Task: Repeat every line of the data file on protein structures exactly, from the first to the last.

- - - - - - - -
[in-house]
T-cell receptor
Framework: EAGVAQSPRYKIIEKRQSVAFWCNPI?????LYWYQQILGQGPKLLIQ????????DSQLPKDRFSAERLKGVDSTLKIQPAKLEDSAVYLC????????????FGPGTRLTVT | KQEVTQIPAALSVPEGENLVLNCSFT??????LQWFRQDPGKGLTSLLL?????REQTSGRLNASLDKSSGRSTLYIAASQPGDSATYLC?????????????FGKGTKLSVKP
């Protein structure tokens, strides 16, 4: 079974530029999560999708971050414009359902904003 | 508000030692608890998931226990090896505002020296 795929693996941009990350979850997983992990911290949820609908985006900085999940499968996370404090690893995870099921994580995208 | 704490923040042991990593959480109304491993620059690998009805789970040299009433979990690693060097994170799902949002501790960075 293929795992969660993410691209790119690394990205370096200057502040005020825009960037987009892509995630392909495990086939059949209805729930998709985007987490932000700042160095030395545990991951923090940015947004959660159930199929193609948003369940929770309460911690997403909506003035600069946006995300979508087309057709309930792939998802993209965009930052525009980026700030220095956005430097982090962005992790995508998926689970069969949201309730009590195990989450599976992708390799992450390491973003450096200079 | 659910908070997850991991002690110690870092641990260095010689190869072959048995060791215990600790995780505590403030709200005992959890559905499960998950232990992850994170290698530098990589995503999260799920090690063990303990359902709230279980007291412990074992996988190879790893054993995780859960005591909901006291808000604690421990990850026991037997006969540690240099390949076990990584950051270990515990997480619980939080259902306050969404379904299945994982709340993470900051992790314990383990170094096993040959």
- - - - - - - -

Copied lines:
[in-house]
T-cell receptor
Framework: EAGVAQSPRYKIIEKRQSVAFWCNPI?????LYWYQQILGQGPKLLIQ????????DSQLPKDRFSAERLKGVDSTLKIQPAKLEDSAVYLC????????????FGPGTRLTVT | KQEVTQIPAALSVPEGENLVLNCSFT??????LQWFRQDPGKGLTSLLL?????REQTSGRLNASLDKSSGRSTLYIAASQPGDSATYLC?????????????FGKGTKLSVKP
């Protein structure tokens, strides 16, 4: 079974530029999560999708971050414009359902904003 | 508000030692608890998931226990090896505002020296 795929693996941009990350979850997983992990911290949820609908985006900085999940499968996370404090690893995870099921994580995208 | 704490923040042991990593959480109304491993620059690998009805789970040299009433979990690693060097994170799902949002501790960075 293929795992969660993410691209790119690394990205370096200057502040005020825009960037987009892509995630392909495990086939059949209805729930998709985007987490932000700042160095030395545990991951923090940015947004959660159930199929193609948003369940929770309460911690997403909506003035600069946006995300979508087309057709309930792939998802993209965009930052525009980026700030220095956005430097982090962005992790995508998926689970069969949201309730009590195990989450599976992708390799992450390491973003450096200079 | 659910908070997850991991002690110690870092641990260095010689190869072959048995060791215990600790995780505590403030709200005992959890559905499960998950232990992850994170290698530098990589995503999260799920090690063990303990359902709230279980007291412990074992996988190879790893054993995780859960005591909901006291808000604690421990990850026991037997006969540690240099390949076990990584950051270990515990997480619980939080259902306050969404379904299945994982709340993470900051992790314990383990170094096993040959």